There is nothing so strong as gentleness
and there is nothing so gentle as real strength.
St. Francis de Sales
Today is the feast of Saint Francis de Sales, a Swiss bishop who pioneered a spirituality for lay people which emphasized patience with oneself and living God’s love.
Today is also the anniversary of the death of Sister Dorothy Marie Hennessey, a Dubuque Franciscan sister, who died in 2008 at the age of 94.
She was a remarkable little sister, a tireless advocate for peace and human rights. She took part in one of the walks for peace across the United States and continually protested against war in all its forms.
She was arrested several times, including an arrest at the age of 88 at the School of the Americas, protesting US involvement in Latin America.
In this she remembered the witness of her brother, Ron Hennessey, a Maryknoll missionary in Central America who lived under the oppression of the indigenous in Guatemala. (Ron’s witness is told in Thomas Melville’s Through a Glass Darkly: The U.S. Holocaust in Central America.)
Her persistence in witnessing for the poor and oppressed is a sign of how God uses all sorts of people to show His love and justice.
Today is also the anniversary of the death in 2011 of Don Samuel Ruiz, bishop of San Cristobal de las Casas, Chiapas, Mexico. A detailed homage can be found at Mex Files here.
He was a bishop totally devoted to the poor, especially to the indigenous in his diocese in southern Mexico, who called him Jtatic Samuel. Although despised by those in power he was asked to meditate during the Zapatista rebellion because he was probably one of the few persons the people trusted. He had spent his life with them and had risked his life many times.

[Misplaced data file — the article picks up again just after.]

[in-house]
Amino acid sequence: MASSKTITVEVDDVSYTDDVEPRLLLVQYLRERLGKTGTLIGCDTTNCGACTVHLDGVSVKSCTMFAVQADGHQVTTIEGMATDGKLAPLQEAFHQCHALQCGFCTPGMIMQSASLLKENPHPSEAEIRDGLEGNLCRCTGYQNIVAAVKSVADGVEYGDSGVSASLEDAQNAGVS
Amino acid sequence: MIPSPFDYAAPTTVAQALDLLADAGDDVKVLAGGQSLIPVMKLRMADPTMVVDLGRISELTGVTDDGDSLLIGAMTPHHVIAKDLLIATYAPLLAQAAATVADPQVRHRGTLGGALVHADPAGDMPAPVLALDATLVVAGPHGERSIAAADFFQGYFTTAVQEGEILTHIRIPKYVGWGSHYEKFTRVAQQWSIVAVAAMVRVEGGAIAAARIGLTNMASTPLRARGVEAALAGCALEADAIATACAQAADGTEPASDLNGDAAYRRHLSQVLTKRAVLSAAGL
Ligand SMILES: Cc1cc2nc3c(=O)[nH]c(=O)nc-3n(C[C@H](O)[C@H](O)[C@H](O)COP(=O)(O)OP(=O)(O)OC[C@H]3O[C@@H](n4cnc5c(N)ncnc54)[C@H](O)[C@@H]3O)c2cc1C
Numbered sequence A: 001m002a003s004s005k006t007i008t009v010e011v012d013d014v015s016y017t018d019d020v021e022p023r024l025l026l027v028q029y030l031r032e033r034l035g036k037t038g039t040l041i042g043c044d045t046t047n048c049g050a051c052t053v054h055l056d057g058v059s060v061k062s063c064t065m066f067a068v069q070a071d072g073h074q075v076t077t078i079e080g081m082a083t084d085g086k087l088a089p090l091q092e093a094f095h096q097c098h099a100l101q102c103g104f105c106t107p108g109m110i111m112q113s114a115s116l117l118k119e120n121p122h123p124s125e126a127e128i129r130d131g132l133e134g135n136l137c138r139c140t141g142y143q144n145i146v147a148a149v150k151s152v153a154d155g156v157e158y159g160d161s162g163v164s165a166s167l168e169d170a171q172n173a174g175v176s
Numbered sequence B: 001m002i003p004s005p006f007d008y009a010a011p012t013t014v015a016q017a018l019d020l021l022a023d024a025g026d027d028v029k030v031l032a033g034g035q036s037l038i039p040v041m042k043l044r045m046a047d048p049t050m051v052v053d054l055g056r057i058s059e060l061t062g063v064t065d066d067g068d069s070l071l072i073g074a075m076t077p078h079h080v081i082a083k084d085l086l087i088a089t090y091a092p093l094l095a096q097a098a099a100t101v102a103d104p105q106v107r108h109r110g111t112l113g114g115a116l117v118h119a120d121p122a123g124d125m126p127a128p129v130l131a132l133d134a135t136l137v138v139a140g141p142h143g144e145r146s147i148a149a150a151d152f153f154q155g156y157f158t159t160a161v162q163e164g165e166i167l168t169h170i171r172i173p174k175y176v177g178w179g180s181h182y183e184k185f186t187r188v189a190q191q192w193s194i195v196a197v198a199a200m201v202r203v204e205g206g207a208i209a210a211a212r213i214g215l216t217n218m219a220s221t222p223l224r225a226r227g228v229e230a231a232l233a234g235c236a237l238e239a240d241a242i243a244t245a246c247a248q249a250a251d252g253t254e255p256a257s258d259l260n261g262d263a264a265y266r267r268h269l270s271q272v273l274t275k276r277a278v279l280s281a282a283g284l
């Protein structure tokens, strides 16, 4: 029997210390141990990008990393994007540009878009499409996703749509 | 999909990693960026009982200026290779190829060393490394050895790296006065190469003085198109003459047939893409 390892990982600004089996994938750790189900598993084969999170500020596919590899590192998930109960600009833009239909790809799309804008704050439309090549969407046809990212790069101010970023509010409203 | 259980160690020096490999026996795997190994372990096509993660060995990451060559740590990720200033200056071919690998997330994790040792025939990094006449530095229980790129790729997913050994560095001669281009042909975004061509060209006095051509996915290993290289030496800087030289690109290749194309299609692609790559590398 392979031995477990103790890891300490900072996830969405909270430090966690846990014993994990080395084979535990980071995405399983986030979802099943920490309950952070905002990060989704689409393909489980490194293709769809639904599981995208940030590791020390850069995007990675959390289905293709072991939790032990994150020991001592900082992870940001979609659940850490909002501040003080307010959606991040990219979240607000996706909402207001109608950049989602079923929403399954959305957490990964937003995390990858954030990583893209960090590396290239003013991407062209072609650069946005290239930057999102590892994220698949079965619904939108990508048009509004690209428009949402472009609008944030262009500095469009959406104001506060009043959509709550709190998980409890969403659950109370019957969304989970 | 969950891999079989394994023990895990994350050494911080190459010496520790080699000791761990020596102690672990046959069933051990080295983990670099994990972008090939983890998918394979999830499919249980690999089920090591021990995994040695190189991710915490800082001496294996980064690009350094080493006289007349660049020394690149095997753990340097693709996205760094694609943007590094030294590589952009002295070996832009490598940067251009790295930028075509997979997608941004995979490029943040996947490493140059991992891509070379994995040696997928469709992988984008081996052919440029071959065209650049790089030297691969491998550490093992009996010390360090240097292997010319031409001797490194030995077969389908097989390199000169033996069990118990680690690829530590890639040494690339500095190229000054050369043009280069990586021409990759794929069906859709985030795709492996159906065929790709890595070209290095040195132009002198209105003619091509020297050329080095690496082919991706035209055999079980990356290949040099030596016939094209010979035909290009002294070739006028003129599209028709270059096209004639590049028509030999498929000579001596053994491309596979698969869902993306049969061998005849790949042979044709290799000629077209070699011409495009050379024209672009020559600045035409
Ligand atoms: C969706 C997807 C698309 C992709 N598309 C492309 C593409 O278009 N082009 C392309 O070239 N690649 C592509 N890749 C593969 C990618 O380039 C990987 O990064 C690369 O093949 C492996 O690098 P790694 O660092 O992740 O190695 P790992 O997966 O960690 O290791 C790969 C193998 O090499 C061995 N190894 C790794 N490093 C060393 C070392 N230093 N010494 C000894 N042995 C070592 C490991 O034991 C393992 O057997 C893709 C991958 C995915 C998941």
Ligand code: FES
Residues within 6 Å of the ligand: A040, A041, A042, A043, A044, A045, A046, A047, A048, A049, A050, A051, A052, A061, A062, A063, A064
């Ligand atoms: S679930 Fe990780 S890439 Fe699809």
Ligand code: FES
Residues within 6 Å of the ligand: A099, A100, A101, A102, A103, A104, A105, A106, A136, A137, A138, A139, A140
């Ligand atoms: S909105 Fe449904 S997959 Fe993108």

He also was not always appreciated by the Vatican, especially for his efforts to promote indigenous deacons in the diocese. A coadjutor was appointed, Monseñor Raúl Vera, who ironically has become one of the most progressive bishops in Latin America and is now the bishop of Saltillo, Mexico.
Don Samuel was beloved by his people. I saw a manifestation of that love when I visited San Cristobal in late January 2012 for the wedding of a friend. His tomb, behind the cathedral’s main altar was decorated with flowers.
But he was more than a beloved pastor. He was a prophet.
Reflecting the words of Mary in her Magnificat, he once said:
Justice means bringing down from their throne those who are privileged and elevating those who are humble to the same heights.
The gentle strength and the strong gentleness of Sister Dorothy and Don Samuel offer us a way into living the Gospel, in solidarity with the poor.